Put it in park

Self-driving cars are en route to Houston — here's what that means for the city's parking garages

METRO is launching a self-driving car pilot program. What does that mean for all our parking garages? Photo by Tim Leviston/Getty Images

As the Metropolitan Transit Authority of Harris County gets ready to rev up its test of autonomous vehicles at Texas Southern University, a question looms over the commercial real estate sector in Houston: How much change will be driven by the no-driver trend, particularly as it relates to parking?

In an interview and a recent blog post, Rand Stephens, managing director of the Houston office of commercial real estate services company Avison Young, says it's difficult to envision that self-driving vehicles will make parking garages and lots in Houston obsolete.

Rather, Stephens says, some parking garages and lots will become "staging areas" for autonomous vehicles where they can wait for their next trip, be recharged, and be maintained.

Stephens adds that street parking is poised to transform into zones for dropping off and picking up people, and for deliveries of groceries and other goods. "Instead of vehicles sitting all day in one spot," he says, "they will be on the move from spot to spot."

Other parking structures, however, will simply be razed to make way for office or residential high-rises, Stephens says. Adaptive reuse of parking garages isn't feasible, he says, as that could prohibitively cost as much as $90 to $100 per square foot.

One bump in the road for commercial real estate developers will figuring out how to put up buildings that can accommodate traditional parking but that later might need to adapt to self-driving vehicles, according to Stephens. He notes that suburban office buildings typically offer a ratio of four parking spots for every 1,000 square feet of space.

"I think forward-thinking tenants, developers, brokers, architects, and engineers will design interim solutions with lower ratios," Stephens tells InnovationMap. "They'll really take the time to understand the occupants' commuting patterns and steer away from one parking space for one person."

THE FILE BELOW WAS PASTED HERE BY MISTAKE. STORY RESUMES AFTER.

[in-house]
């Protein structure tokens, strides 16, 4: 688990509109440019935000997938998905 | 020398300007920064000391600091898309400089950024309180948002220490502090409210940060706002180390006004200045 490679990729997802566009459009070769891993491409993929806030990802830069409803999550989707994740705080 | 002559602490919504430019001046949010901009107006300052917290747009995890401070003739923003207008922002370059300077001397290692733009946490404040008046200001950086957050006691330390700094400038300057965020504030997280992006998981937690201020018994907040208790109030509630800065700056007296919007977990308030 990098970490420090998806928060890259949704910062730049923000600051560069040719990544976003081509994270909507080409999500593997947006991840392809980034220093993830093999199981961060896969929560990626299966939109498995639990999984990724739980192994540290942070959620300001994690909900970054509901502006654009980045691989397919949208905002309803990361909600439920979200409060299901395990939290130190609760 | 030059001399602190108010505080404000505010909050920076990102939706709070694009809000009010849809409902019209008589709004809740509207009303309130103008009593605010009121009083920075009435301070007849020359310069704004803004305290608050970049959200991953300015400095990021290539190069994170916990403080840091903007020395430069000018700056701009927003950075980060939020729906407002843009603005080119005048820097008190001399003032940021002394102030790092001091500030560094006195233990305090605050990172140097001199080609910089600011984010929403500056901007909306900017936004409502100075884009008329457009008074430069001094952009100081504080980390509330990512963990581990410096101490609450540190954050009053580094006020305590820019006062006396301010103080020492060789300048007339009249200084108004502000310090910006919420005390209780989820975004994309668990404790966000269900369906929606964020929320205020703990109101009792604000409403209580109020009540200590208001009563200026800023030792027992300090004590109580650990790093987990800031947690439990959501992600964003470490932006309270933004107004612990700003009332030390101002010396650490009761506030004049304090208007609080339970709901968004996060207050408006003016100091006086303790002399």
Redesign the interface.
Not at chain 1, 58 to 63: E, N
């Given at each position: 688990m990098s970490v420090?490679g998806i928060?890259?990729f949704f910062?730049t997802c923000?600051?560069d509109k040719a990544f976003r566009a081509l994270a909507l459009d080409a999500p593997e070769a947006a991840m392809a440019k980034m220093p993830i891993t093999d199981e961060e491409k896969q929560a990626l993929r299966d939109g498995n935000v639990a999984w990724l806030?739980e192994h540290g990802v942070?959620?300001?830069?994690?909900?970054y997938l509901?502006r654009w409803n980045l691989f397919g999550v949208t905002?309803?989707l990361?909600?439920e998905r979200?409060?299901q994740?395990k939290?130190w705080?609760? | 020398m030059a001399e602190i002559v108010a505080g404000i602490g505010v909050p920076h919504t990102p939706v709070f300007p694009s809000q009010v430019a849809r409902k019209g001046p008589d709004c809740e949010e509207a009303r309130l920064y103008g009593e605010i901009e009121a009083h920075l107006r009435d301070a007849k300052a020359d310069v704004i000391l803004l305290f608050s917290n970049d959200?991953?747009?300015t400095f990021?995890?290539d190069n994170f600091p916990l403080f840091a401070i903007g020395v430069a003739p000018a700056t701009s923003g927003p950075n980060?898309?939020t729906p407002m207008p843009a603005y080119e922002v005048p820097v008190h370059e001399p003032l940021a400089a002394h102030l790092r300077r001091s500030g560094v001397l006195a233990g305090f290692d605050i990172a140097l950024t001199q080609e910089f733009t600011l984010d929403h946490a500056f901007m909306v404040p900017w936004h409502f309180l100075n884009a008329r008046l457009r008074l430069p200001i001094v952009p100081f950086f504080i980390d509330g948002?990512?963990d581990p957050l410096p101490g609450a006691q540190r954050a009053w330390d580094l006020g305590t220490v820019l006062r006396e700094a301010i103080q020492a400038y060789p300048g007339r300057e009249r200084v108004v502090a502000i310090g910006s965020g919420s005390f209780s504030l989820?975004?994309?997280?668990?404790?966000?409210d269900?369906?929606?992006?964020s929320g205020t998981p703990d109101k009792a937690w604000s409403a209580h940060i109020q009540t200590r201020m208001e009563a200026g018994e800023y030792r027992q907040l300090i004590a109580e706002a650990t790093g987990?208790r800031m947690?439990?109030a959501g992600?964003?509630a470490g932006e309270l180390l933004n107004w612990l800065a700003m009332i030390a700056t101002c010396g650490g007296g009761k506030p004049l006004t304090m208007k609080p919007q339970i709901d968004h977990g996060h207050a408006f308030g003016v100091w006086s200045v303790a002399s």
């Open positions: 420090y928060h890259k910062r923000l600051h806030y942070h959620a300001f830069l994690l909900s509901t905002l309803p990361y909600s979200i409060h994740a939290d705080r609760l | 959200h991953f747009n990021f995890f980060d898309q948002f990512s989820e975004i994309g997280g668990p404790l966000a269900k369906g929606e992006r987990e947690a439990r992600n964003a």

On the horizon, though, are even more dramatic changes for parking in Houston and elsewhere.

A 2017 report from the Urban Land Institute and Green Street Advisors LLC, a commercial real estate research and advisory firm based in Newport Beach, California, predicted driverless vehicles and ride-sharing services could eliminate the need for half of U.S. parking spaces — as much as 75 billion square feet. Under that scenario, Houston would lose nearly half (close to 5.1 million square feet) of the roughly 100,000 parking spaces at garages in the Central Business District.

While we likely won't see parking garages and lots in Houston vanish anytime soon, we already are witnessing the rise of driverless vehicles.

In March, grocery chain Kroger revealed self-driving delivery vehicles would hit the streets this spring in four Houston ZIP codes. Kroger's Houston market is the second stop in Kroger's pilot program for autonomous delivery vehicles.

Meanwhile, the Metropolitan Transit Authority of Harris County (METRO) is gearing up to test a self-driving vehicle at the Texas Southern University campus. The first phase of the pilot project will kick off June 5.

During the summer session at Texas Southern, an EasyMile EZ10 Gen-1 bus will run along the campus' one-mile "Tiger Walk" — closed to public traffic — at up to 12 mph. The battery-powered vehicle can accommodate six seated passengers and six standing passengers.